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“Time to start paying your bill” – St. John to cut off water for delinquent accounts

LAPLACE — St. John the Baptist Parish water customers delinquent on their bills might want to pony up or face the possibility of having the tap cut off as early as January.

Also, during the next four months residents will see a slight but temporary upcharge in their bill as the Department of Utilities recoups a shortage incurred during the chaos of a lengthy billing nightmare that seems to have been corrected.

During the Parish Council meeting this week, Councilman Larry Snyder requested from Director of Utilities Blake Fogleman a written plan to be approved by the Council mitigating the water bill collection issue and reinstating disconnects for delinquent accounts.

“Okay people, now it is the time to start paying your bill,” Snyder said, adding that accounts in deficit cannot be dismissed.

Parish President Natalie Robottom called Snyder’s request “timely,” and said “this is a warning (to residents) to get your bill in order.”

Fogleman noted 90 percent of the water meters are being read manually, providing a far more accurate usage of water than the estimated readings, which have been used for quite some time, as the billing issues were resolved. He said fewer billing disputes have been recorded since the manual readings increased.

He added his department is in the process of assembling a “disconnect crew.” Fogleman expects disconnects could begin in January.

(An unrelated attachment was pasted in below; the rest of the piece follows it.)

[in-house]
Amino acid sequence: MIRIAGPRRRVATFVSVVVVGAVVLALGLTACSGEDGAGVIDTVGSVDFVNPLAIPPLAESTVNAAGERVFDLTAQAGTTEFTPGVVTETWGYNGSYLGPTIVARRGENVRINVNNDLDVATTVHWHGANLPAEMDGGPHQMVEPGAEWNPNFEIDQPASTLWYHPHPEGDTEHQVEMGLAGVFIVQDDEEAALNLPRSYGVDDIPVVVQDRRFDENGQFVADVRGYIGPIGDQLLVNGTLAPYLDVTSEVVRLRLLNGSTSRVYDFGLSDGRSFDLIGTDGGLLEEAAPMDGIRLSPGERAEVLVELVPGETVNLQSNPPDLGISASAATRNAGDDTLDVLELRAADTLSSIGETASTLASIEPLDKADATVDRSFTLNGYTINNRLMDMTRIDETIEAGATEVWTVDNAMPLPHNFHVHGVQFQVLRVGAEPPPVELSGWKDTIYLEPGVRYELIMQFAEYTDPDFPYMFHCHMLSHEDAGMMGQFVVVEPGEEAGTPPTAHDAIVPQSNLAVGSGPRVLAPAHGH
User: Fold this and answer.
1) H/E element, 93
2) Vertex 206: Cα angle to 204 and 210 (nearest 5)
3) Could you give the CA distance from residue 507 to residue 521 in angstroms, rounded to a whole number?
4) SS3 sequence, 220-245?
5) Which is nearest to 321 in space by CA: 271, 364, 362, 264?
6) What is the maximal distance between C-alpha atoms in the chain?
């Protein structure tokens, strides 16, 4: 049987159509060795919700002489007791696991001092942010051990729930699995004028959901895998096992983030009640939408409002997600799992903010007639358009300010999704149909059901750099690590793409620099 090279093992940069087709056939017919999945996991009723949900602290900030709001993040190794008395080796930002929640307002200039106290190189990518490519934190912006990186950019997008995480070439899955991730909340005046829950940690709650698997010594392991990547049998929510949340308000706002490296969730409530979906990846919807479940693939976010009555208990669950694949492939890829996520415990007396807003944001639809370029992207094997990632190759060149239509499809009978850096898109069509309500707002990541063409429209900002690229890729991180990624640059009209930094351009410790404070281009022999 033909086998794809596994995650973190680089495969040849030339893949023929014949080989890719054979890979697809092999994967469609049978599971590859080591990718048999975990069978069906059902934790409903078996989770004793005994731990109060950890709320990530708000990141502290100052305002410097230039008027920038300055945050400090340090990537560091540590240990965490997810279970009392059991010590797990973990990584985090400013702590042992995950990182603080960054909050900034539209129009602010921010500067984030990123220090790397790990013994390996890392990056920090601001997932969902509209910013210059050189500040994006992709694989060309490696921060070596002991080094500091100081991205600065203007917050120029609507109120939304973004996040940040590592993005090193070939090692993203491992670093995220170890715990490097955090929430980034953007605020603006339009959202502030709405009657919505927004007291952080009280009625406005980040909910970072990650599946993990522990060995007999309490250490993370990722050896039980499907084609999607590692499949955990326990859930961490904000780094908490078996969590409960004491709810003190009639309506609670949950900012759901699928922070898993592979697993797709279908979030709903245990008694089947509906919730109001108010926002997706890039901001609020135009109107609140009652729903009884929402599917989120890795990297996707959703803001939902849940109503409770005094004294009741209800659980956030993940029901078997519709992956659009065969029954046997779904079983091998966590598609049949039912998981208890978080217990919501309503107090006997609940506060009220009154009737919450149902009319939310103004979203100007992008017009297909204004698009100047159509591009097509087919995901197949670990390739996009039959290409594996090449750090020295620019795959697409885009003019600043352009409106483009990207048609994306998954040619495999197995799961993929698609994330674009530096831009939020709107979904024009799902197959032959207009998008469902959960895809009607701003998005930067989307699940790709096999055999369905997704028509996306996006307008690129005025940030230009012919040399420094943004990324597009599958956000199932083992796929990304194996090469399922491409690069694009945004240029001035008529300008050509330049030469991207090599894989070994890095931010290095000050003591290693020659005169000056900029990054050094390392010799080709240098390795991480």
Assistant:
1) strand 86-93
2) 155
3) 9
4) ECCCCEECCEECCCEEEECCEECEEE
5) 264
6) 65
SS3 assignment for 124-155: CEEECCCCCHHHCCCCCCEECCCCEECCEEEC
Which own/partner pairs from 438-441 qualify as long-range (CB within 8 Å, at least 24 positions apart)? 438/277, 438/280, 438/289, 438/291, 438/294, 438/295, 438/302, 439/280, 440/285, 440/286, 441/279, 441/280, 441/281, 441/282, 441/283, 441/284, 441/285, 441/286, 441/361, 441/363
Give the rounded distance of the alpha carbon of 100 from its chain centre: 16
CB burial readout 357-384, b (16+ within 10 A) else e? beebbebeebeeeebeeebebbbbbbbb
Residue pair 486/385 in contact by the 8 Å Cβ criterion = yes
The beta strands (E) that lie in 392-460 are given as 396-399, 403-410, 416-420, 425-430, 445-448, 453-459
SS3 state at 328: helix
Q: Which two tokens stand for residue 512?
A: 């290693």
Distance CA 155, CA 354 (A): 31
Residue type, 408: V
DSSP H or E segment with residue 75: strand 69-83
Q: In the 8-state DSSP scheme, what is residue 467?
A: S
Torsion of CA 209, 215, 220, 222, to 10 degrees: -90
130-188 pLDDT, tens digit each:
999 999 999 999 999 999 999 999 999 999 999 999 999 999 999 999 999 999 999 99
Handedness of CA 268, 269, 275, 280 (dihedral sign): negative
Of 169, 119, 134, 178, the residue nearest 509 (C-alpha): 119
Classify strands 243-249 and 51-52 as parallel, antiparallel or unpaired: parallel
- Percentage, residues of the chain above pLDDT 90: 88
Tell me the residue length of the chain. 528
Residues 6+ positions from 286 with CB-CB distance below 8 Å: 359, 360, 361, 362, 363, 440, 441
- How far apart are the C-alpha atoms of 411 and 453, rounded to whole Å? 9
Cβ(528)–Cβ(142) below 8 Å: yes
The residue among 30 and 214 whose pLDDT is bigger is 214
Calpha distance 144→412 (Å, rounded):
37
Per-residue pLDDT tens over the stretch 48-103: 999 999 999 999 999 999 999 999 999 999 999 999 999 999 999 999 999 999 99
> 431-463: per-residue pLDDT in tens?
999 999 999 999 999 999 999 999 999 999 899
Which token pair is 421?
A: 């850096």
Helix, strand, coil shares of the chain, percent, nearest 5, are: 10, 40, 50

He detailed a methodical descending scale in determining the most egregious of violators, saying his department will determine those with the highest outstanding balances and give those customers the opportunity to settle their accounts before any interruption of service. From that point, he said the department would work down to those who owe the least amount, with the ultimate goal of having customers pay their bills in full without any disconnects.

“It’s not fair to do it all at once; we will work our way into it,” Fogleman said. “There are a lot of layers that go into this.”

Robottom said the department is also on the alert for swapping, an occasional practice where residents attempt to circumvent the collection process. In those cases, a bill with one person’s name assigned to it might be in deficit and be in danger of having the water cut off.

In those cases, another person in the residence, likely in good standing with the utilities department, will simply put the water account in his or her name when they move to a new address or even at the same address, and the previous balance will be left unpaid.

“Debt follows people,” Robottom warned, adding utilities personnel will be vigilant in investigating those potential violations.

The parish president added each account will be billed an additional $6.22 for four months to make up for the one month at the height of the billing issue when charges for garbage, mosquito abatement and other services were waived. False billings, which in some cases resulted in water bills of up to $700, were the result of failing batteries on meters and subsequent billing challenges.

It was during that time the department enacted a policy to estimate water bills based on the past year of usage, which, in some cases, created additional discrepancies. Fogleman and Robottom both explained the return to manual readings is eliminating the need for estimating monthly bills, with Fogleman adding everyone should be receiving bills based on a 28- to 31-day window.

Robottom said the parish allows those with hardships to work out a payment plan with the utilities department. However, she added any customers violating that established payment plan faces disconnection.

— By Richard Meek